+ * when the last framebuffer is destroyed.
+ */
+ list_for_each_entry(crtc, &framebuffer->dev->mode_config.crtc_list,
+ head) {
+ struct pl111_drm_crtc *pl111_crtc = to_pl111_crtc(crtc);
+ spin_lock(&pl111_crtc->current_displaying_lock);
+ if (pl111_crtc->displaying_fb == framebuffer) {
+ /* Release the current buffers */
+ if (pl111_crtc->old_kds_res_set != NULL) {
+ DRM_DEBUG_KMS("Releasing KDS resources for ");
+ DRM_DEBUG_KMS("displayed 0x%p\n", framebuffer);
+ kds_resource_set_release(
+ &pl111_crtc->old_kds_res_set);
+ }
+ pl111_crtc->old_kds_res_set = NULL;
+ }
+ spin_unlock(&pl111_crtc->current_displaying_lock);
+ }
+#endif
+ drm_framebuffer_cleanup(framebuffer);
+
+ if ((pl111_fb->bo != NULL) && (&pl111_fb->bo->gem_object != NULL))
+ drm_gem_object_unreference_unlocked(&pl111_fb->bo->gem_object);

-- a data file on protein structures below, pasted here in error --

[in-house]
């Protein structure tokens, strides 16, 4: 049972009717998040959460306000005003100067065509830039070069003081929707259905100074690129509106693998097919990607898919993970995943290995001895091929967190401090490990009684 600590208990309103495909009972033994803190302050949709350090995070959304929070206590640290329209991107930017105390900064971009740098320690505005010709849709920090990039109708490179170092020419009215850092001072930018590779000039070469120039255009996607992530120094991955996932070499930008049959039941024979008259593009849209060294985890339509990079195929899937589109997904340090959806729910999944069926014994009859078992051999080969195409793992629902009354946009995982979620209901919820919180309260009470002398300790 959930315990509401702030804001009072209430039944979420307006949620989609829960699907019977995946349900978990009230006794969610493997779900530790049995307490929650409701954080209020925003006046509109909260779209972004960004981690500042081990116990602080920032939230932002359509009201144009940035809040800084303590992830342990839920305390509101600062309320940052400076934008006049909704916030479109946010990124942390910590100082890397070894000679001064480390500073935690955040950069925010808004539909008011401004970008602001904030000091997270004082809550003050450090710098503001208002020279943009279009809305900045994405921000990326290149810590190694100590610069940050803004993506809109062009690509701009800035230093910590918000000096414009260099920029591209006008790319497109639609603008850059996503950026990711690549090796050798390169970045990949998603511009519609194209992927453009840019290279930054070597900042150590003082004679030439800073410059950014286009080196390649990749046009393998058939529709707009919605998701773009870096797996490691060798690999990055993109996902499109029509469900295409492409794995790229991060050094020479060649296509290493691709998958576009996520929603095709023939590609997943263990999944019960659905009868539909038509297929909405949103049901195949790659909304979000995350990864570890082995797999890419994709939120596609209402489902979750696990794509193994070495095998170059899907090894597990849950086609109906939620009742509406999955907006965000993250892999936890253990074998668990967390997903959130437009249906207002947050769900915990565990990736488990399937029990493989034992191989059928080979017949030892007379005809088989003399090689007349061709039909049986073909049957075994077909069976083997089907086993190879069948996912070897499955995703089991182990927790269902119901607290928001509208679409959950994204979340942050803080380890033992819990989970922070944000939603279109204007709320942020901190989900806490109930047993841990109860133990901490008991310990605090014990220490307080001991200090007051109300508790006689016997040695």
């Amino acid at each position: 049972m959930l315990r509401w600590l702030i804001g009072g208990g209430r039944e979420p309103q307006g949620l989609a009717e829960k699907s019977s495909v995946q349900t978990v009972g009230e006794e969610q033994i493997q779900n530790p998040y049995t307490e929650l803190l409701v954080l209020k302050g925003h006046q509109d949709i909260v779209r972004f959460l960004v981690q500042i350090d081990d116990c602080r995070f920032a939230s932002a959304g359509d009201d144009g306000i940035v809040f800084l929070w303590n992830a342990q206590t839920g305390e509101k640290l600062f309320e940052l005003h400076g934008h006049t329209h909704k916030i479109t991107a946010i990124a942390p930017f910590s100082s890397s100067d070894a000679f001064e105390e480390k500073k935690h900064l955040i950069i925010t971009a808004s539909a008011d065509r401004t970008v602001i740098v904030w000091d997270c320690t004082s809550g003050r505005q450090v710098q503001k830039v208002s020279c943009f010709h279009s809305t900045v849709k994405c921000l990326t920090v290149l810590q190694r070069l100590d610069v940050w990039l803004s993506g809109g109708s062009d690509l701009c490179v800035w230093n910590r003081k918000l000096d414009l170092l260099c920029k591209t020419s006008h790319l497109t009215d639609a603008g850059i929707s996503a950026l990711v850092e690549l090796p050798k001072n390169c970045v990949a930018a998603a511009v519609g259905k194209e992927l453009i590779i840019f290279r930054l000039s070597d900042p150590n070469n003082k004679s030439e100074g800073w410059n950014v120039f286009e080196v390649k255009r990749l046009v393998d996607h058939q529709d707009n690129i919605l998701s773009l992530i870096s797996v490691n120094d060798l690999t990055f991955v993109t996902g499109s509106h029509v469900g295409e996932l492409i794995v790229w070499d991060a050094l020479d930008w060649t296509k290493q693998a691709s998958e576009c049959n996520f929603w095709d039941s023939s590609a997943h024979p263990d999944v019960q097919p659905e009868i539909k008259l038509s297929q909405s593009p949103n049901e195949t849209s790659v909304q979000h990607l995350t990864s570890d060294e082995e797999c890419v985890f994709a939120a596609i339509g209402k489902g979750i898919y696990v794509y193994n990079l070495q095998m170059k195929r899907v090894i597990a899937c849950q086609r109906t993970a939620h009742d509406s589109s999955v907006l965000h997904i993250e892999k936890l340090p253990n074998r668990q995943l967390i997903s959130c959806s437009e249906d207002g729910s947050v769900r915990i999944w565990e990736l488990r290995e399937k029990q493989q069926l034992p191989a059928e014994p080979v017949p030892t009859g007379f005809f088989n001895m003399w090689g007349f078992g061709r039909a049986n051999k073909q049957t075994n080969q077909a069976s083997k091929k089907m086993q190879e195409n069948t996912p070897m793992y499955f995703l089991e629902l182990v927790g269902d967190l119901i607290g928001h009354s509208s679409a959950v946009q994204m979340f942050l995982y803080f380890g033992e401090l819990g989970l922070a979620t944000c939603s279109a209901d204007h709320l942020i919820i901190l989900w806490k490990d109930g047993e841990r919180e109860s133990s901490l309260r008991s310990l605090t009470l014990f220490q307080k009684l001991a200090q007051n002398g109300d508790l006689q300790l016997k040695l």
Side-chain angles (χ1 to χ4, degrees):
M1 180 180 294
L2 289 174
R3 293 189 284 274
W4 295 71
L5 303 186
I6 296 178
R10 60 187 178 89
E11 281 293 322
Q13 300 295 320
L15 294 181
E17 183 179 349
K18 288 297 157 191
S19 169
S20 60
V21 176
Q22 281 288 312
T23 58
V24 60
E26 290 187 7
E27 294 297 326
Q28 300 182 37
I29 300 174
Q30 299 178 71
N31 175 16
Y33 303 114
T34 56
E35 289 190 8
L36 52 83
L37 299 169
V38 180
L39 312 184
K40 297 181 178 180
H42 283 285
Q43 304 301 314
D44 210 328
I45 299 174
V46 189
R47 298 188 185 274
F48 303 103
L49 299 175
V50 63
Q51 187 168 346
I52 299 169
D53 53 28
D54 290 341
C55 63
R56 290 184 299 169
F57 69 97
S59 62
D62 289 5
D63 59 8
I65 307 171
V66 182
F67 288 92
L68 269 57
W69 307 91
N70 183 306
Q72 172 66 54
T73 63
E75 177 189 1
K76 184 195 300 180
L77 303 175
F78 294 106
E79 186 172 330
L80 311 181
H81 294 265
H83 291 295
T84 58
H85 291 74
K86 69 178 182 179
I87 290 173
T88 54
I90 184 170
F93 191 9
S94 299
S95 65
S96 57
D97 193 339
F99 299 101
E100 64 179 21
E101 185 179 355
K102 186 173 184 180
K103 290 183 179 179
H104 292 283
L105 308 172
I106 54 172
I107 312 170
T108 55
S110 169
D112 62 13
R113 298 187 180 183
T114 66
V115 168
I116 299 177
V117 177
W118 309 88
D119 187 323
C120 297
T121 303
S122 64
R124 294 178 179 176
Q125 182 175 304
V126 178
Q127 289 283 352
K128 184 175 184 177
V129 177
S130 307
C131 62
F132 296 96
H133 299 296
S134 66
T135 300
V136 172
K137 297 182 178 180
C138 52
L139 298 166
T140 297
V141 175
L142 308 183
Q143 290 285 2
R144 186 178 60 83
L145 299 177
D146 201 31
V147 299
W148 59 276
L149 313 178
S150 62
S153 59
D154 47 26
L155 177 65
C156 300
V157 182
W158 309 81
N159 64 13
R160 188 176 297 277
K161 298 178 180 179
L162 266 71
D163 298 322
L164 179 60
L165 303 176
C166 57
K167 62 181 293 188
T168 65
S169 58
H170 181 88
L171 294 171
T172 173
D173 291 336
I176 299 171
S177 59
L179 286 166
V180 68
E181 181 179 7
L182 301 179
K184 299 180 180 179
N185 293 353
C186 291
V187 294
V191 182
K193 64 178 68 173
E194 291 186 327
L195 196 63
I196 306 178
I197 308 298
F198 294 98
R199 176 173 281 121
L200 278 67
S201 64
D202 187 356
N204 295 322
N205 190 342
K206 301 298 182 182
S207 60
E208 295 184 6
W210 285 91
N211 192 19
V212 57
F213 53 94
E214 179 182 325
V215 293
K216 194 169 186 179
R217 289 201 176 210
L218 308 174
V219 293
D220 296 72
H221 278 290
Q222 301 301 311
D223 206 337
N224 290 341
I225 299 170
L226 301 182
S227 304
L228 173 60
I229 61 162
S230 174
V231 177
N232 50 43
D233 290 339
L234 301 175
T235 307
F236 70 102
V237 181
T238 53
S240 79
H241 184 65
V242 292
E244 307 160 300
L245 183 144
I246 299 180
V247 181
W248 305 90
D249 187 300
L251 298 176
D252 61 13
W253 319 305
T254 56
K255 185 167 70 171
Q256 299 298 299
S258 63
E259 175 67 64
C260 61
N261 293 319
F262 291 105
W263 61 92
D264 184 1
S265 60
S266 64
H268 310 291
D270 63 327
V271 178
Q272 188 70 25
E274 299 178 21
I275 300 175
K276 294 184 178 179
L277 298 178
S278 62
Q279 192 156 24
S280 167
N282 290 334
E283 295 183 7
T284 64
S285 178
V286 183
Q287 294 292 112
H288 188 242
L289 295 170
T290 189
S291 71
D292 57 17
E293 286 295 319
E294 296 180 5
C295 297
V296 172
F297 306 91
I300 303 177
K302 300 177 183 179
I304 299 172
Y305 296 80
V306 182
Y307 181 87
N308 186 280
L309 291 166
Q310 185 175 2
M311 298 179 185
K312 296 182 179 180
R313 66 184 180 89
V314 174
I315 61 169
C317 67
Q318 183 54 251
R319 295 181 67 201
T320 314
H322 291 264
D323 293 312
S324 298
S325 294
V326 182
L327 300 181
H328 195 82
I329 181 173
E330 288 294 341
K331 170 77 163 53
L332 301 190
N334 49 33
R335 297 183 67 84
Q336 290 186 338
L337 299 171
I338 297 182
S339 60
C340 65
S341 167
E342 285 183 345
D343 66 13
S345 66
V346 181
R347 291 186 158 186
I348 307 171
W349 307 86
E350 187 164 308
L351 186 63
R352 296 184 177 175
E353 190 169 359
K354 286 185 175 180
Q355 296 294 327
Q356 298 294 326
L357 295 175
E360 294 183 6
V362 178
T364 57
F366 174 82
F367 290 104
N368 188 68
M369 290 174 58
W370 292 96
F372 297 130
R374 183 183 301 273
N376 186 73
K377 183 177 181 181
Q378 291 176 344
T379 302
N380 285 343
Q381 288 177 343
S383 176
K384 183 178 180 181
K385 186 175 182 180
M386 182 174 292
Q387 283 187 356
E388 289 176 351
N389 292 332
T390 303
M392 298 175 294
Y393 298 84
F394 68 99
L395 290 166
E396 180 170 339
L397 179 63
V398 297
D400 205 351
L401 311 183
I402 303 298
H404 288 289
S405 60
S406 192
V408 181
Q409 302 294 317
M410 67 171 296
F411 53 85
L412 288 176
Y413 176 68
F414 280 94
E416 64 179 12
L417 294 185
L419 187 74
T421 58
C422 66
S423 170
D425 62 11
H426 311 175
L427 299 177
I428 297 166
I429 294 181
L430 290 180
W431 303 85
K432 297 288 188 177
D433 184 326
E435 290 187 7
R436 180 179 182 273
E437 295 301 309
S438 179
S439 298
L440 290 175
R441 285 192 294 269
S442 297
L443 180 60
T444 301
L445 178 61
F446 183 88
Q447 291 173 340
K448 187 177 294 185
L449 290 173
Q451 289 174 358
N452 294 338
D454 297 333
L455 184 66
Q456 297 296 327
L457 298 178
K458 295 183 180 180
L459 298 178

+
+ kfree(pl111_fb);
+
+ DRM_DEBUG_KMS("Destroyed framebuffer 0x%p\n", framebuffer);
+}
+
+static int pl111_fb_create_handle(struct drm_framebuffer *fb,
+ struct drm_file *file_priv,
+ unsigned int *handle)
+{
+ struct pl111_gem_bo *bo = PL111_BO_FROM_FRAMEBUFFER(fb);
+ DRM_DEBUG_KMS("DRM %s on fb=%p\n", __func__, fb);
+
+ if (bo == NULL)
+ return -EINVAL;
+
+ return drm_gem_handle_create(file_priv, &bo->gem_object, handle);
+}
+
+const struct drm_framebuffer_funcs fb_funcs = {
+ .destroy = pl111_fb_destroy,
+ .create_handle = pl111_fb_create_handle,
+};
+
+struct drm_framebuffer *pl111_fb_create(struct drm_device *dev,
+ struct drm_file *file_priv,
+ struct drm_mode_fb_cmd2 *mode_cmd)
+{
+ struct pl111_drm_framebuffer *pl111_fb = NULL;
+ struct drm_framebuffer *fb = NULL;
+ struct drm_gem_object *gem_obj;
+ struct pl111_gem_bo *bo;
+
+ pr_info("DRM %s\n", __func__);